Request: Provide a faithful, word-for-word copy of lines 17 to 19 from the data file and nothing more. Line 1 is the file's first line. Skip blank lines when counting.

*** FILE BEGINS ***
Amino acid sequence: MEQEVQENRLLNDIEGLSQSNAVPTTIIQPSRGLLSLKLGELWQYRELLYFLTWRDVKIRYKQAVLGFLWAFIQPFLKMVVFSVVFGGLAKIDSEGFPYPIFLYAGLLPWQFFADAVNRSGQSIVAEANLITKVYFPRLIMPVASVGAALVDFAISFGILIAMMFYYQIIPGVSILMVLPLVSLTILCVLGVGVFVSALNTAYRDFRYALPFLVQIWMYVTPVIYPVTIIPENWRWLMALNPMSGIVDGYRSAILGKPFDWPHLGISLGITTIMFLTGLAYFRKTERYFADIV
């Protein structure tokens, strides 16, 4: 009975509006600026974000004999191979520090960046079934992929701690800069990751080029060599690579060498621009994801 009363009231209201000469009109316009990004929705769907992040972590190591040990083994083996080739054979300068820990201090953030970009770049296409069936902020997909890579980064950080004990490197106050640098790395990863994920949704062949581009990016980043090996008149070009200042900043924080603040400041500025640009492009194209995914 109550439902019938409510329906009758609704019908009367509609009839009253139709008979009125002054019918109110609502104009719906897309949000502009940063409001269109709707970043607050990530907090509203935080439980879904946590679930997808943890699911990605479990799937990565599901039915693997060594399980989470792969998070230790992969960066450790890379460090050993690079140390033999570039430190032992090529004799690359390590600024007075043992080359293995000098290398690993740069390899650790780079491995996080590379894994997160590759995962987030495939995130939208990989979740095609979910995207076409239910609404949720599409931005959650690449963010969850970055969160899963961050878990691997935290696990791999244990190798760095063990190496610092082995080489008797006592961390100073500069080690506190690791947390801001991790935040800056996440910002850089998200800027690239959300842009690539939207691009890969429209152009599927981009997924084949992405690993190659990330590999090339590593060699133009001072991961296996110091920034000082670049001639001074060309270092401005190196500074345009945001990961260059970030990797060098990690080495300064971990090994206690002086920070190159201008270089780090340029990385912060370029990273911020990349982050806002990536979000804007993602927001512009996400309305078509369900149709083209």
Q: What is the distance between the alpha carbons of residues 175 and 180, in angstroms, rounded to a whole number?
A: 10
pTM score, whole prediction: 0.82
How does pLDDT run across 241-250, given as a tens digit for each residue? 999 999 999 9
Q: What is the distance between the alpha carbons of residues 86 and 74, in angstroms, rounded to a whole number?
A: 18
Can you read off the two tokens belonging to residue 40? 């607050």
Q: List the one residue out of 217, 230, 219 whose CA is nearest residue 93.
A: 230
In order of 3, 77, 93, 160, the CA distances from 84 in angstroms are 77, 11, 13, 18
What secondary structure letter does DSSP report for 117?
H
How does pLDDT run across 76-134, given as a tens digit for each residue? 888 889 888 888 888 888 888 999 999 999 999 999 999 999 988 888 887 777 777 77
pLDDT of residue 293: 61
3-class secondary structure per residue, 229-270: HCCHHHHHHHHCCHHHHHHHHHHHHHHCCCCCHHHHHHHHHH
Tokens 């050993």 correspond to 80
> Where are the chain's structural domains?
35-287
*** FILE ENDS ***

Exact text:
3-class secondary structure per residue, 229-270: HCCHHHHHHHHCCHHHHHHHHHHHHHHCCCCCHHHHHHHHHH
Tokens 């050993």 correspond to 80
> Where are the chain's structural domains?